5 things to know about the REM’s architecture
On April 23, 2018, the Association québécoise des transports (AQTr) organized a symposium dedicated to the REM. The work to come with the consortiums was presented and the project’s architectural concept was discussed. Here are five points to remember.
1. Design in movement
The look of the stations was designed by architecture firms Lemay, Perkins+Will and Bisson Fortin. The three basic concepts include the idea of movement, symbolized by vertical and horizontal lines, giving the stations rhythm and depth. They are reminders of the REM’s movement and the scenery rolling past the windows.
2. Transparent stations
Second concept: transparency. The REM stations have plenty of windows to showcase the stations’ surrounding environment and better blend into the neighbourhoods. Practically, this affords a lot of natural light and makes it easier for passengers to get around inside the stations, in addition to enhancing security.
3. Wood, for a Québec touch
Identity is the third concept set by the architects, and is expressed through the use of wood. Used on the ceiling, wood provides warmth to modern buildings with their expansive use of glass. It’s also a nod to the REM’s local footprint, since wood is a material entirely sourced from Québec—the province has the most engineered wood beam plants in North America!
4. Stations that are underground, at ground level or elevated to adapt to the landscape
Beyond the common concepts (movement, transparency, identity), note that each of the stations will have their own special features to adapt to the Greater Montréal landscapes and their neighbouring environment.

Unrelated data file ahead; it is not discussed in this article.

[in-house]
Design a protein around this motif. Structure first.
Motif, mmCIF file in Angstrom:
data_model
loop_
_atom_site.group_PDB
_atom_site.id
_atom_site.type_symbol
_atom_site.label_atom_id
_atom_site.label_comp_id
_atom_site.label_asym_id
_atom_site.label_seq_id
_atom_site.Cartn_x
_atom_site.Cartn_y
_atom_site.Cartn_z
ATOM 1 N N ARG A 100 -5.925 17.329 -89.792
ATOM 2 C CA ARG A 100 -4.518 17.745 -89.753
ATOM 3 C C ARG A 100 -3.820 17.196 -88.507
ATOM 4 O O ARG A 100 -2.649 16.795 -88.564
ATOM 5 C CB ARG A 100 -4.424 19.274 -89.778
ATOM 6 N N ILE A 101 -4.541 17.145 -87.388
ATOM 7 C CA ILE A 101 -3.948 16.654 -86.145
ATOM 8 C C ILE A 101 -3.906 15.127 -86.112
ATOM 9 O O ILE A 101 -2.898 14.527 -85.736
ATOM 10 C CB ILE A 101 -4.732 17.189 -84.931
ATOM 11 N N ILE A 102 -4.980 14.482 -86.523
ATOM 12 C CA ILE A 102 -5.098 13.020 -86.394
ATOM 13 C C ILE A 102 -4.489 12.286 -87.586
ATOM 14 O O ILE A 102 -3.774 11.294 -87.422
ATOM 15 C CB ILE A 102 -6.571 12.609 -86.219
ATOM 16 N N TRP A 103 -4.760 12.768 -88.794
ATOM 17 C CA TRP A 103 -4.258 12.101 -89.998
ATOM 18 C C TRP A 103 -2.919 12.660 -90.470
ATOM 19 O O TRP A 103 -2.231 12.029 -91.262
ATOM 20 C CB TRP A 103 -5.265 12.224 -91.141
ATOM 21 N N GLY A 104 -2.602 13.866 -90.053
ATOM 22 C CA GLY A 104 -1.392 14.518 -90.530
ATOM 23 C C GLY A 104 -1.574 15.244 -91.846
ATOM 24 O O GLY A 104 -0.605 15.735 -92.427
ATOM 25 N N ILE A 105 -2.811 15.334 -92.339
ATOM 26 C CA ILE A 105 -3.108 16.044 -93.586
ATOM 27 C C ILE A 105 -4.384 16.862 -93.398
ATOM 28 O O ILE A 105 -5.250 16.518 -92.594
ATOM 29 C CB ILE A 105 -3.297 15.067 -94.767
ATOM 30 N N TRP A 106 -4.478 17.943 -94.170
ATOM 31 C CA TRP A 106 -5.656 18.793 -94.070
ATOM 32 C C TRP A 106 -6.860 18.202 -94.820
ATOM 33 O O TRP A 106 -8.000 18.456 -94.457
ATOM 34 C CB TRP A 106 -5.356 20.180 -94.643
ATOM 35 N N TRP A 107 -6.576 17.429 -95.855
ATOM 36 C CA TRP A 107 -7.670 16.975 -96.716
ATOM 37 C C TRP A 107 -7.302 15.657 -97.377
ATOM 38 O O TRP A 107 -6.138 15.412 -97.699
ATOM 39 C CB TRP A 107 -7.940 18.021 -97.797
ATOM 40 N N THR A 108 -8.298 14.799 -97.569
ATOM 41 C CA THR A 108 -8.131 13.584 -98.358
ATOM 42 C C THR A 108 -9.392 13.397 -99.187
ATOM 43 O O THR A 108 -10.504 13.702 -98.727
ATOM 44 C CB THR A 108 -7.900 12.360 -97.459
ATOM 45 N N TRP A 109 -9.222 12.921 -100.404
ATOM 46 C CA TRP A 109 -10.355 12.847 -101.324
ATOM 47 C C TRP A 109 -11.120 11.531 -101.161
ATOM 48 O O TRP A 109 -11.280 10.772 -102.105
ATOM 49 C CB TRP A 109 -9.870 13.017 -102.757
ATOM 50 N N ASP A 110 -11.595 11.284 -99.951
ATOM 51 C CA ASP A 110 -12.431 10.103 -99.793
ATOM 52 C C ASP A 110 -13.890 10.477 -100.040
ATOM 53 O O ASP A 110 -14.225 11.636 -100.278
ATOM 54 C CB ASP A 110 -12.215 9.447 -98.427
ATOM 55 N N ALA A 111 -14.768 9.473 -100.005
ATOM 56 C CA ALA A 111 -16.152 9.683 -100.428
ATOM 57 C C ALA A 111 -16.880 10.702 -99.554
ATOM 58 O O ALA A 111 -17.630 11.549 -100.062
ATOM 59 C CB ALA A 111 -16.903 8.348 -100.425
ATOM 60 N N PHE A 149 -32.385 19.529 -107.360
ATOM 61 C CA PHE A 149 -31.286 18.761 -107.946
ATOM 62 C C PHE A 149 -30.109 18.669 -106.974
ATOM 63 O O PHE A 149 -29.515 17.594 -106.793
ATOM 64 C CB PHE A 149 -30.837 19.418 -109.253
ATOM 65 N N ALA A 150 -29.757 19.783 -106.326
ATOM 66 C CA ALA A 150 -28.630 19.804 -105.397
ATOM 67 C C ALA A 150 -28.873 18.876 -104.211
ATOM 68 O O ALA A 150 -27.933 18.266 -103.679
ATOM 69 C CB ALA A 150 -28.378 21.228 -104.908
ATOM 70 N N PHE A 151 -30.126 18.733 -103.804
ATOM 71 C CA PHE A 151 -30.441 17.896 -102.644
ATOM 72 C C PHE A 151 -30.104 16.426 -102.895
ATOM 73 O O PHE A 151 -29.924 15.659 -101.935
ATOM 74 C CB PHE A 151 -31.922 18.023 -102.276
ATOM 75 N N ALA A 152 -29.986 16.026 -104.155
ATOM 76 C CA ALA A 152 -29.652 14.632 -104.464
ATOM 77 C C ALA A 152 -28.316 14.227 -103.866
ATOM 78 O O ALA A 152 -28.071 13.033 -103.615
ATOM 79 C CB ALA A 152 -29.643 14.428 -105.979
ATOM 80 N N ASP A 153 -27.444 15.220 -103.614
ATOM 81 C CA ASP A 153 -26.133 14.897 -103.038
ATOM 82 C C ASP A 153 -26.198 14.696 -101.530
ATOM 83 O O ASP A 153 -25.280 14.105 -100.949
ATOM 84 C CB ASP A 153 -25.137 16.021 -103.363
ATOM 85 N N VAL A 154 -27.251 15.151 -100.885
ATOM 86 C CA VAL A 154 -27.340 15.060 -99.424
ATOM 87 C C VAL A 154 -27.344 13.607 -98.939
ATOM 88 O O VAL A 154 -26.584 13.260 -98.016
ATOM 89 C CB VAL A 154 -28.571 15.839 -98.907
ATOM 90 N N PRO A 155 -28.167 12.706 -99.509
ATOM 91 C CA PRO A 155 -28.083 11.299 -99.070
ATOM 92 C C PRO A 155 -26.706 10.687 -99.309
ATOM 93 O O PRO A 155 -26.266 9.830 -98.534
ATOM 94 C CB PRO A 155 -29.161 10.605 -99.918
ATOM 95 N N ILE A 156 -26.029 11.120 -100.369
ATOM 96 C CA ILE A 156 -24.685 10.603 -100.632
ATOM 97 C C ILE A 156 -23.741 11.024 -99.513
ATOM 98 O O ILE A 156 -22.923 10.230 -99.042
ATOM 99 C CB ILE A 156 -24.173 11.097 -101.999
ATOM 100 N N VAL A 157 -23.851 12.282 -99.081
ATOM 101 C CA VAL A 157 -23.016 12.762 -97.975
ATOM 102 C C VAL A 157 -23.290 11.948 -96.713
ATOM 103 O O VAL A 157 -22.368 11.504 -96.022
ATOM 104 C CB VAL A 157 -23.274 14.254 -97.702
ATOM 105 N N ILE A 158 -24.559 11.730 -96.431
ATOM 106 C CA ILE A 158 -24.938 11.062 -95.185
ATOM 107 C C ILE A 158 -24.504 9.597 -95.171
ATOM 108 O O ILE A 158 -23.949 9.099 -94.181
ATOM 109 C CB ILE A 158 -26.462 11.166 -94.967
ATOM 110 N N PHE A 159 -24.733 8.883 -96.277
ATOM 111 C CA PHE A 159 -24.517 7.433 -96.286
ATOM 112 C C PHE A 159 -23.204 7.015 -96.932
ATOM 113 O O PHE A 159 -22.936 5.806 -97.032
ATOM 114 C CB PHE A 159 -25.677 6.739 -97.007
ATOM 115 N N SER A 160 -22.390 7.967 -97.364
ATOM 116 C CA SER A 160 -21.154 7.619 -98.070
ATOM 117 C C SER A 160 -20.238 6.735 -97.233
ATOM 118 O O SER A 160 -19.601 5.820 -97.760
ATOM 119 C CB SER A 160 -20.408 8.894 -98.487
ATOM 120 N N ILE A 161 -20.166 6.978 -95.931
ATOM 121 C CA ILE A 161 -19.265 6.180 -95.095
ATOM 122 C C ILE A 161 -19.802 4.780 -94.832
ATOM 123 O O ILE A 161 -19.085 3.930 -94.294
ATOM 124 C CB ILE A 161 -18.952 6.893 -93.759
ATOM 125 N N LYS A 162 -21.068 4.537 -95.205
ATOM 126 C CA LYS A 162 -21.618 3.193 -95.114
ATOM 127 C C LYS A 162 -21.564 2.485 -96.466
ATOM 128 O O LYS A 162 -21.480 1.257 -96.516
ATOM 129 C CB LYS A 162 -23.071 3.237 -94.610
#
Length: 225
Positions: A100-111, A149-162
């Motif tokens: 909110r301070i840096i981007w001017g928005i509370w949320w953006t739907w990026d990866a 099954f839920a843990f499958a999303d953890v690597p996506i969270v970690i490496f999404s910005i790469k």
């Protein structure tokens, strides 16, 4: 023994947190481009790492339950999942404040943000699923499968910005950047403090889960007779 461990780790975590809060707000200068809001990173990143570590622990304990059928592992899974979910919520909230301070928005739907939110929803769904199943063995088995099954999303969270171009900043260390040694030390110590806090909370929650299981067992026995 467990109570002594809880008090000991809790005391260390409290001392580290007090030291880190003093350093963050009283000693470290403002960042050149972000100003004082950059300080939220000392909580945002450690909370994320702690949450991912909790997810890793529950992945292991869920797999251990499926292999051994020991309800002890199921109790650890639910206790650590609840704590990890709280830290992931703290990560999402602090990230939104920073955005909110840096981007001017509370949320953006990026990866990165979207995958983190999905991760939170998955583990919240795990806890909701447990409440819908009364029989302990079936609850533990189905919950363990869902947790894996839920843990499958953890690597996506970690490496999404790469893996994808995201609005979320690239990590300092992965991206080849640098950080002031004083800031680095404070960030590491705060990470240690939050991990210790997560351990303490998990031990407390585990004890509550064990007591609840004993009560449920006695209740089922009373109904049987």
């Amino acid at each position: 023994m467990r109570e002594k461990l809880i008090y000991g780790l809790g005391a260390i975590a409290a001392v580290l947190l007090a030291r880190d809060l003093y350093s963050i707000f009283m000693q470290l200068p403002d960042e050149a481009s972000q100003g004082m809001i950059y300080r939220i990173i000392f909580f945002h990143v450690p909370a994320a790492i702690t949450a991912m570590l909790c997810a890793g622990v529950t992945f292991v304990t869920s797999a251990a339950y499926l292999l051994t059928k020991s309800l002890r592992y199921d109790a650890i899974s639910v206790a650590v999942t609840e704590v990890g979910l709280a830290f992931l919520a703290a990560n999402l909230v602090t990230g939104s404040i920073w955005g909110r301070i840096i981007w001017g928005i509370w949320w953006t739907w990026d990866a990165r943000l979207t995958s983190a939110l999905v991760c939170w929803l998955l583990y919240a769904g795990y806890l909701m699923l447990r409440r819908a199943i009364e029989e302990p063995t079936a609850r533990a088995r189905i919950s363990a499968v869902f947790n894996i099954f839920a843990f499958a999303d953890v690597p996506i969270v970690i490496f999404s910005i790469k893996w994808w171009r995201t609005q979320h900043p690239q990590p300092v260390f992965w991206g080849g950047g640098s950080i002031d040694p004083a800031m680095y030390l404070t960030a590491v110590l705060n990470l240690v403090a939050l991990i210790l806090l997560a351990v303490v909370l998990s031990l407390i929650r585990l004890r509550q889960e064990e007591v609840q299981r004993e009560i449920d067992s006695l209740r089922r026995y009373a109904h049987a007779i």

- Underground: Mainly downtown to blend in with the underground metro network and under the MontréalTrudeau airport landing strip.
- Ground level: On the South Shore in the middle of Highway 10 and partly along the Deux-Montagnes line (continuity of the commuter train).
- Elevated: Mainly on the West Island along Highway 40.
5. Urban integration committee
Lastly, we have announced the implementation of an urban and architectural integration advisory committee. This committee is composed of five external members renowned in their respective fields of expertise:
- Mouna Andraos, co-founder of the Daily tous les jours studio
- Martin Brière, from BGLA Architecture + Design urbain, and representative of the Ordre des architectes du Québec
- Dinu Bumbaru, Policy Director for Héritage Montréal
- Luc Gagnon, Director of the Service de la mise en valeur du territoire, Ville de Montréal
- Suzy Peate, Executive Coordinator – Metropolitan urban planning for the Communauté métropolitaine de Montréal
- Christian Savard, General Director of the organization called Vivre en ville
- Marie-Justine Snider, Art Curator at la Caisse de dépôt et placement du Québec
We considered this consultation mechanism essential to guarantee the successful integration of future stations in the neighbourhoods (design, materials, light, indoor and outdoor furnishings) and to represent citizens.